Feng Shui ergonomics: maximizing your energy at work!
There’s something to be said about workplace drama or going postal in the office place. The other day, a friend told me a story about some drama she had experienced.
After detailing how her co-worker proceeded to go ballistic: throwing papers, stealing files, screaming, slamming office doors and acting like a complete freak because she had gotten a promotion, I decided this blog was in order.
Here are some tips to avoid soap operas in the workplace and minimize the impact of the office nut:
The desk should be in exact proportion to your position in the company—if you are an executive, your desk should be suited for your high position.
Have a good shape to the desk. Kidney-shaped desks are excellent and will bring good money luck. Square, rectangular, or u-shaped desks are also good choices.
Work with good quality lighting—much research has been done on the effects of fluorescent lighting and how it affects the energy field.
Organize your office and have it as clutter-free as possible, particularly by the door and pathways—this will help with money luck, mental clarity and improve work efficiency.
Placing a water feature, such as a fish tank at your back indicates danger in the workplace or unpredictable events.
Placing your back to a large window or set of windows indicates lack of support from your employees, a possible uprising from subordinates, or a power struggle. If there are tall, pointed buildings outside of the window, this will accelerate negative outcomes.
Having your back to a large mirror indicates confusion and a lack of concentration.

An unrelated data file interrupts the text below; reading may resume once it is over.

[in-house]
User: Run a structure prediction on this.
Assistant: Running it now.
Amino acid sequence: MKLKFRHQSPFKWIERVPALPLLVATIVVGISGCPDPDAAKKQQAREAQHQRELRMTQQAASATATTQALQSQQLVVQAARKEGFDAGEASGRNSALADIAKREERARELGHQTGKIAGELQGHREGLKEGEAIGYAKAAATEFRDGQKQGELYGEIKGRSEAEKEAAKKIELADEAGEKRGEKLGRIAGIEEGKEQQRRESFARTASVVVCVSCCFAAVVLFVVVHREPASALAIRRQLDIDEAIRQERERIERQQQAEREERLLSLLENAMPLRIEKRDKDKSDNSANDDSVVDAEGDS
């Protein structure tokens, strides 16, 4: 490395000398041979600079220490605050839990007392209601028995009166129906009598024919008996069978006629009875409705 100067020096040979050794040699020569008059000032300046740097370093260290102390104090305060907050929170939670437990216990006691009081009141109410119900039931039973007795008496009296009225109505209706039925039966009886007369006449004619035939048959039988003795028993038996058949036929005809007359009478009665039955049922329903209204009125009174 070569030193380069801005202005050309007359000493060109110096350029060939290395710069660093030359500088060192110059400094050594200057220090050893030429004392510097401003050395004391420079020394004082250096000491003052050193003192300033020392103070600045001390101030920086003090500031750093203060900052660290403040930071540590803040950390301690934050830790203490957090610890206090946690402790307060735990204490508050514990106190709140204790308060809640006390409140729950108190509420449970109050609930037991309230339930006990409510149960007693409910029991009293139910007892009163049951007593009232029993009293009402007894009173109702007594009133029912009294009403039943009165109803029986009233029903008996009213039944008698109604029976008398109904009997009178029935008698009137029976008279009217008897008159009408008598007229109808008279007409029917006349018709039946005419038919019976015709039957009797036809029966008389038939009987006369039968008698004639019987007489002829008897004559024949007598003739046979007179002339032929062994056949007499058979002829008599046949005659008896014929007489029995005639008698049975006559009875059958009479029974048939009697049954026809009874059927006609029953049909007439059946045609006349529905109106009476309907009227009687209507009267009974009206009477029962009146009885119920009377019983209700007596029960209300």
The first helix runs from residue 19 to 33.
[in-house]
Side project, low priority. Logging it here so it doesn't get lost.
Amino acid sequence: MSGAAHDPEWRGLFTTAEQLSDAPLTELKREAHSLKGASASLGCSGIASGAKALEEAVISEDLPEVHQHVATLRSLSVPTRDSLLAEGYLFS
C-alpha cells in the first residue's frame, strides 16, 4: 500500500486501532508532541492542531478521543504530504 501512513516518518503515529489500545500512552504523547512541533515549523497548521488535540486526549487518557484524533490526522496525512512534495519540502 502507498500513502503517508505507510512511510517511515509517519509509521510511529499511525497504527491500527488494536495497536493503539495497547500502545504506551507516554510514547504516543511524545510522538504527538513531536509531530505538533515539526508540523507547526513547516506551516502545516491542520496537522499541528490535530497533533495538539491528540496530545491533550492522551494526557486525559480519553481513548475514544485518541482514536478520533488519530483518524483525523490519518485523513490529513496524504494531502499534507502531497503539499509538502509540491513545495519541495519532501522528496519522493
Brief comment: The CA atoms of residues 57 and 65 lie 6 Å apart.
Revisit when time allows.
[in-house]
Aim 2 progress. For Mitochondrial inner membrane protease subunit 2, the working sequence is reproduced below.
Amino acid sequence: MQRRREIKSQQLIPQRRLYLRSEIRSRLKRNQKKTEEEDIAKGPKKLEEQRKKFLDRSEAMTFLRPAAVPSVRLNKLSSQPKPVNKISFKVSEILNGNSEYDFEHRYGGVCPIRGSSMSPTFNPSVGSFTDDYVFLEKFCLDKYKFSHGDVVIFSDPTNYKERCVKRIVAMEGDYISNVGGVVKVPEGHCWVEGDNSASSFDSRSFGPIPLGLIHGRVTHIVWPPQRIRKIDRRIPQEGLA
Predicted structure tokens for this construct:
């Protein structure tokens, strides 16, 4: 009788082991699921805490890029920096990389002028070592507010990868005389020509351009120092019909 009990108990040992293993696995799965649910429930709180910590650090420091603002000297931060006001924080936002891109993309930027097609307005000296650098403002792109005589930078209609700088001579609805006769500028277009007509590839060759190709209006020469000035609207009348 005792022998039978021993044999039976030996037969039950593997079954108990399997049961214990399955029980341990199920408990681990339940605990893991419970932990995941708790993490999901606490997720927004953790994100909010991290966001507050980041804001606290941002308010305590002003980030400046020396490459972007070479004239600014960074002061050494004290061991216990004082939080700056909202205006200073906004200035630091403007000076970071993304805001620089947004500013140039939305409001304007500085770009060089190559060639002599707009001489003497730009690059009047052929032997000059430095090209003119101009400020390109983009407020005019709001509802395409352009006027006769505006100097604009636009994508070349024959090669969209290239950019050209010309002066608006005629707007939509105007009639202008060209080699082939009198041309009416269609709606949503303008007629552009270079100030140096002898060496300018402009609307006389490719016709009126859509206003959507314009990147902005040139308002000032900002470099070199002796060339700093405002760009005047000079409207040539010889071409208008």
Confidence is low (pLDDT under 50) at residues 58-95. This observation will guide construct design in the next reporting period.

Having your back to a busy hallway indicates your energy will be scattered because you will continually be on guard.
Having your back to an “internal T-juncture” via a hallway indicates a direct type of attack on you if your back is to two hallways forming a “T.”
Do not sit too close to a door—this will weaken your position in the workplace and make you vulnerable.
Avoid opposing desk positions and opposing doors—this is considered confrontational in Feng Shui.
The whole point of Feng Shui is to empower you and to leave you in a position of authority and autonomy.
Utilize these tips to ensure that your energy is always being supported so that you can achieve your workplace goals, minimize office spectacles, minimize gossip and receive recognition and promotions.
Anytime people behave chaotically or erratically at work, the feng is not up to par and it’s best to make changes to ensure that you’re out of the line of fire!
If you’ve ever wondered why, at some companies, you worked with more crazy people than others, I encourage you to look at the feng shui. Many of your answers will be held in this most unassuming piece of knowledge, and that can benefit you for years to come.
As always, I bid you adieu with some good luck and some good feng!
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Ed: Catherine Monkman